In media, there have been a variety of examples of the fetishism of Asians. In the film, Charlie's Angels, Lucy Liu's character says, "At your service," before massaging a man's feet.[21] The song "Yellow Fever" by The Bloodhound Gang includes lyrics such as, "She's an oriental rug cause I lay her where I please," and "Then I blindfold her with dental floss and get down on her knees."[22] Both of these instances exemplify the stereotype of Asians as submissive. They are but objects to men.[23] Gwen Stefani's Harajuku Girls also portray Asian women as objects. Margaret Cho has labelled the Harajuku Girls as a "minstrel show" because they represent fetishized East Asian stereotypes.[24] The girls follow Stefani around on tour and are contractually obligated not to speak English in public.[25] The performer has even "renamed" them corresponding to her album title and clothing brand, L.A.M.B.: Love, Angel, Music, and Baby. This presents them as far more likened to Stefani's accessories rather than human beings who are her friends or collaborators.[25]

Furthermore, there have been many cases of Asian fetishism leading to criminal activity. In one case in 2000, two men, David Dailey and Edmund Ball abducted and blindfolded two Japanese girls in Washington, one who was eighteen and the other who was nineteen.[26] Ball specifically targeted these Asian students because he thought that they were submissive and were less likely to report sexual abuse.[27] In another case, in 2005, Michael Lohman, a doctoral student at Princeton University, was charged by the state of New Jersey for reckless endangerment, theft, harassment as well as tampering with a food product. Michael had cut locks of hair off at least nine Asian women. He also poured his semen and urine into the drinks of Asian Princeton students more than fifty times. In his apartment, Michael also had mittens filled with hairs of Asian women.[28] According to a Princeton student following the Lohman case, "It's the image of Asian American women being exotic and passive and won't fight back and speak up. Predators think they have free rein with Asian American women."[28]

Black women and menEdit

Black men and women alike are subject to fetishization.

After the Civil War, Black men were commonly falsely accused for the rape of White women compared to White men and sexual relationships between Black men and White women were frowned upon partly because these relationships threatened the White man's power.[29] The Black male body has been notably fetishized after the success of The Birth of a Nation, a 1915 silent film. Since then, the Black male body has been depicted as overly sexualized and animalistic with excessively large penises in a variety of pornography videos and magazines, for the purpose of isolation and demonization, as a threat to White social and economic power.[30] The implications of zeroing in on the Black male's penis are dehumanizing to the man as a whole and reducing his entire being to a mere body part.[30]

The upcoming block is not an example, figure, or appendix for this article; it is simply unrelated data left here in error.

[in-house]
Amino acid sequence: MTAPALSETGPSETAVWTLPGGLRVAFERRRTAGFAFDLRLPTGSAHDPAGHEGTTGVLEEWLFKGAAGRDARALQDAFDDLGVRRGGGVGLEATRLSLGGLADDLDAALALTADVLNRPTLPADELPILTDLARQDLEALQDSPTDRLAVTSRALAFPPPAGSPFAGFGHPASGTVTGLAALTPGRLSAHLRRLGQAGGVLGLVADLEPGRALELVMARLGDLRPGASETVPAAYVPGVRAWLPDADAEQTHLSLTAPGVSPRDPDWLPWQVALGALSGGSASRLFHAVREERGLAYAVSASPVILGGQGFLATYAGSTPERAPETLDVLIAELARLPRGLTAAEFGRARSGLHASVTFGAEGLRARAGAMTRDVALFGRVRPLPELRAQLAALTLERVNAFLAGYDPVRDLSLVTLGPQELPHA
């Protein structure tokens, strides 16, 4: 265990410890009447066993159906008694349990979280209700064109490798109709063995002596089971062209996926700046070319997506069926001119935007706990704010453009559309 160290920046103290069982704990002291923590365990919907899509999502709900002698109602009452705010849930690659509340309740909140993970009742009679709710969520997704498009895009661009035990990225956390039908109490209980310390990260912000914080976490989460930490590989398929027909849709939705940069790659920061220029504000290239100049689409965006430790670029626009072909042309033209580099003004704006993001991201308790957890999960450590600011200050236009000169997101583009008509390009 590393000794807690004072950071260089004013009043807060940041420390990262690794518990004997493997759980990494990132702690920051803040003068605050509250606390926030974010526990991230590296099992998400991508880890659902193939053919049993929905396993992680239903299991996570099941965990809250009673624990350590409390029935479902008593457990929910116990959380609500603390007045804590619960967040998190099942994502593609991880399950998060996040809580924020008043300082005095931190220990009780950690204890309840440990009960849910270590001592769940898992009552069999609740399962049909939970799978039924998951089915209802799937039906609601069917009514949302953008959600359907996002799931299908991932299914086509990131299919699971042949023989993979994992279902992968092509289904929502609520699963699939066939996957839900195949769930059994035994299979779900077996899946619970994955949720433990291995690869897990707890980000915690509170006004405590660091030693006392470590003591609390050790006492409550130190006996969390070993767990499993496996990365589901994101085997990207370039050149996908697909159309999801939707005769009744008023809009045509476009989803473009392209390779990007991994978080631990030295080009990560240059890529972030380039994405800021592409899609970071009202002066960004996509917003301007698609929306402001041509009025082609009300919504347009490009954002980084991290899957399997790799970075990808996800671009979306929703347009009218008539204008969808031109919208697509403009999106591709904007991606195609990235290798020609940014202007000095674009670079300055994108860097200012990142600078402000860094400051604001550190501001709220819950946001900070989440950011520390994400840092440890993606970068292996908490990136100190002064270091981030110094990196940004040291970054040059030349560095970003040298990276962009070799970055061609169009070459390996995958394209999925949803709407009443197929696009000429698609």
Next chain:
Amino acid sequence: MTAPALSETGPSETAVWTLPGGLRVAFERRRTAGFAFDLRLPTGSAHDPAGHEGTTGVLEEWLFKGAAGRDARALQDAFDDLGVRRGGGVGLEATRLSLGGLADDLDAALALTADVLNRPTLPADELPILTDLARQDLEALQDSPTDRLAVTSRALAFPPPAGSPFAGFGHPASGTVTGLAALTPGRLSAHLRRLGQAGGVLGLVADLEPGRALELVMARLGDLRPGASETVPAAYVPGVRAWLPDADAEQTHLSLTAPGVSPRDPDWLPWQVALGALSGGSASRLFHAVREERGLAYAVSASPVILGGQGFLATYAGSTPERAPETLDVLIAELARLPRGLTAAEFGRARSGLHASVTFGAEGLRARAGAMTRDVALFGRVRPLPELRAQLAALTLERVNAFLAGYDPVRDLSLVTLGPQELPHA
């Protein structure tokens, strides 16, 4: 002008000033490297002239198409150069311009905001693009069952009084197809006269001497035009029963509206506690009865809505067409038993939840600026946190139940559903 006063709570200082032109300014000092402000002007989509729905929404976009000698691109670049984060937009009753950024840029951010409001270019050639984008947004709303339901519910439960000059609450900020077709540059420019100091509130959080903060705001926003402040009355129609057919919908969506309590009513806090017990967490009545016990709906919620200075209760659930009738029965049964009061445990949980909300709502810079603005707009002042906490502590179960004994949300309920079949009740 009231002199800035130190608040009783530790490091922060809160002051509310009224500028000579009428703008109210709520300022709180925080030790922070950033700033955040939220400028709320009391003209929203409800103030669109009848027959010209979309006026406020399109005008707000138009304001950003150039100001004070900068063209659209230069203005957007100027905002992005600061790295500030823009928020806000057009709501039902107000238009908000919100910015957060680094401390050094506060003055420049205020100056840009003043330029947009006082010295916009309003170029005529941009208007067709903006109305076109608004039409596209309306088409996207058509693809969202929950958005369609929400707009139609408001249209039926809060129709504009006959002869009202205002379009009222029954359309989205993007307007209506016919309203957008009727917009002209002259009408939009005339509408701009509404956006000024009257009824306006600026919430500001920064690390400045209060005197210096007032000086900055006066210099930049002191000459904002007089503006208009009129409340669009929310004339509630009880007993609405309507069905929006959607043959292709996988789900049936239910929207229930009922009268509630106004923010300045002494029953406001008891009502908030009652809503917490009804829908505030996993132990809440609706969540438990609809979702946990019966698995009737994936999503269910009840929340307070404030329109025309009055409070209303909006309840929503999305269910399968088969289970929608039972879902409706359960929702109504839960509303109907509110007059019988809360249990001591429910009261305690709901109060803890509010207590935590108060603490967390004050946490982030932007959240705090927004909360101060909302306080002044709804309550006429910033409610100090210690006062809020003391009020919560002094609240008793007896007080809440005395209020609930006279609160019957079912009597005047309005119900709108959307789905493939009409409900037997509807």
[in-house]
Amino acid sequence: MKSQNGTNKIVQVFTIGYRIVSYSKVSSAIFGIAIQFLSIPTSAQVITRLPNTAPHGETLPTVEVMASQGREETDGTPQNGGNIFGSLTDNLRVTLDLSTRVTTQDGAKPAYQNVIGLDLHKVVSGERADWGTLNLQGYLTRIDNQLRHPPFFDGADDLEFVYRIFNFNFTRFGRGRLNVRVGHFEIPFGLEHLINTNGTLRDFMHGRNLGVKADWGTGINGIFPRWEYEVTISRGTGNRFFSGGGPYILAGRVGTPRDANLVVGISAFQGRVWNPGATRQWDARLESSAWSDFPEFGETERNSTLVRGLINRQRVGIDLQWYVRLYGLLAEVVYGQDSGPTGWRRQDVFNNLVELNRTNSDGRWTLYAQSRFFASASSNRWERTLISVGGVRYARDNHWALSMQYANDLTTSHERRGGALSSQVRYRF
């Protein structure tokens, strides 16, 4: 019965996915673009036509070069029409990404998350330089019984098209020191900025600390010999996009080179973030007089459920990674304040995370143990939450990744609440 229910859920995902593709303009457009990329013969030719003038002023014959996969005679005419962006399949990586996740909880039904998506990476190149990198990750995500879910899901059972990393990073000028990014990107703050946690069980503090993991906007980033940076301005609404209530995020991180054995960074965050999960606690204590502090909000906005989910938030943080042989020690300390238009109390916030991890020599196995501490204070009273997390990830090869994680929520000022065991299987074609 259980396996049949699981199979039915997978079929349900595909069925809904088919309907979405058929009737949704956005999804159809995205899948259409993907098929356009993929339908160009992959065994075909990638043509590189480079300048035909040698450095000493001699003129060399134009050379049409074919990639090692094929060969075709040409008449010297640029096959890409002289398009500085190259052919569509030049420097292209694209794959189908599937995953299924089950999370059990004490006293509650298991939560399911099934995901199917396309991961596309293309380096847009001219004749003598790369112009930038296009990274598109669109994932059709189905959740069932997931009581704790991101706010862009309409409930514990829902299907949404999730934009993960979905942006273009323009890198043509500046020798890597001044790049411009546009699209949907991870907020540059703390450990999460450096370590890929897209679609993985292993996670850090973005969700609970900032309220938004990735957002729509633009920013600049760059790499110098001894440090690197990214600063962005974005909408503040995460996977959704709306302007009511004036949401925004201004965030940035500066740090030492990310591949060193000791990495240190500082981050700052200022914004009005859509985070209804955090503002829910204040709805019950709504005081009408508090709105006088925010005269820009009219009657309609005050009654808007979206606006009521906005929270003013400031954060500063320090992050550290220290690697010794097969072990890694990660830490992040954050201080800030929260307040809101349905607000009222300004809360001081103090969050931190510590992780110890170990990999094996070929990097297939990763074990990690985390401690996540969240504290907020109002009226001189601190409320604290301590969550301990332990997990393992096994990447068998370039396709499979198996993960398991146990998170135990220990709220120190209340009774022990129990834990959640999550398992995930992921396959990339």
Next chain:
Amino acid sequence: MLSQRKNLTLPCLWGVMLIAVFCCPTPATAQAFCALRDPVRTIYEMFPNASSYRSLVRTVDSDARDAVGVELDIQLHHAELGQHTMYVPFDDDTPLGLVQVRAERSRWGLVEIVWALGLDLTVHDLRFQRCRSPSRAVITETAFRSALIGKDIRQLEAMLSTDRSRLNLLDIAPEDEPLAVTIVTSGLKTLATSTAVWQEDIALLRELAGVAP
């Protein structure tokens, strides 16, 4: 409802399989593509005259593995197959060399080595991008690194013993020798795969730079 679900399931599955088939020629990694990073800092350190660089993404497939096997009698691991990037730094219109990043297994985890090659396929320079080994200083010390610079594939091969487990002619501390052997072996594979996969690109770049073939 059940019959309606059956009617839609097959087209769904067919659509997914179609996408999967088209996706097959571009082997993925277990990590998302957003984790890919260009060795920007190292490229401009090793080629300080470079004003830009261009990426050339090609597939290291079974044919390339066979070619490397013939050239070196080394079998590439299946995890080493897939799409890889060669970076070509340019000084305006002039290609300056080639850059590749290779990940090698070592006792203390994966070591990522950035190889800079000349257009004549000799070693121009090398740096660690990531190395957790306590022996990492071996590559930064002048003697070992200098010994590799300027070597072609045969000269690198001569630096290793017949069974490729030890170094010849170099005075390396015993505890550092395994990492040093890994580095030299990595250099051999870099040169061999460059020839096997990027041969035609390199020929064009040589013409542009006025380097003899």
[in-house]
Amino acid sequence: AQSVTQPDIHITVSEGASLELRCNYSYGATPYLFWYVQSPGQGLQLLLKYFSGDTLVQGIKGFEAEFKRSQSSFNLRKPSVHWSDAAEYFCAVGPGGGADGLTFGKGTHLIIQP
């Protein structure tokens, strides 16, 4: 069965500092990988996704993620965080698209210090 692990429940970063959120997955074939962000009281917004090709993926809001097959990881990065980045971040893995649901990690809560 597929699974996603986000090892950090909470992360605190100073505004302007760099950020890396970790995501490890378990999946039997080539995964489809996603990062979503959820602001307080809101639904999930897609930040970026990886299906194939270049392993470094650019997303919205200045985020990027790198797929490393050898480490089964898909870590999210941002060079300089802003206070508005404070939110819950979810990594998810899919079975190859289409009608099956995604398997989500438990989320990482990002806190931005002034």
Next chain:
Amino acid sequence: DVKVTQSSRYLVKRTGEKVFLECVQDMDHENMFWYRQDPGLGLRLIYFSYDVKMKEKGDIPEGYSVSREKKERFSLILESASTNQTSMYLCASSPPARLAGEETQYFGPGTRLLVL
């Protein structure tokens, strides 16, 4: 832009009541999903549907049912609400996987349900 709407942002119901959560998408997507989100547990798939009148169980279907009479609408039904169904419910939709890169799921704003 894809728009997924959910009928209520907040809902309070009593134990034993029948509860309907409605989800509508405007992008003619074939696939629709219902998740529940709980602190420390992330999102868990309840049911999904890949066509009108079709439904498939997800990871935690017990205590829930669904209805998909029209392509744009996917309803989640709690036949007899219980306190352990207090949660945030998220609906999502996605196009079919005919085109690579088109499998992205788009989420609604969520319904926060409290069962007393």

In 1986, Robert Mapplethorpe had a photographic art show titled Black Males, showing photographs of exclusively naked black men. This work has been highly criticized for fetishizing the black male body, notably by Kobena Mercer in his aforementioned essay. Though it was not necessarily the artist's intention to portray these men as fetish objects, they have been perceived that way by many audiences, especially in relation to some of his other works concerning gay male BDSM practices. The latter works examine an actual subculture of sexuality that is enacted by the photographic subjects: the men in the photos are wearing/using their own gear and clothing, putting their fetish(es) on display.[12] However, in Mapplethorpe's photos of black men, the subjects are not doing anything but existing as nude bodies, they are hypersexualized by the camera, therefore they become the fetish objects.[3]

In popular media, cinema and porn, the Black male body commonly demonstrates hypermasculinity and hypersexuality through large, muscular bodies. In Alex Proyas's film, I, Robot, the viewer's gaze is directed towards Will Smith's body as he lifts weights and showers with strategic lighting and camera angles that emphasize the shapeliness and beauty of his body. In addition, Smith holds, or is surrounded by objects, of a phallic resemblance, such as a gun, suggesting his sexual prowess.[31]

The fetishization of black women expanded during the Colonial Era, as white men sexually terrorized their black, female slaves. They justified their actions by labeling the women as hypersexual delinquents. These labels solidified into what is commonly referred to as the "Jezebel" stereotype.[32] Since then, this stereotype has found its way into hip hop culture and music videos; scantily clad, bodacious Black women commonly in the background of music videos, suggesting promiscuity.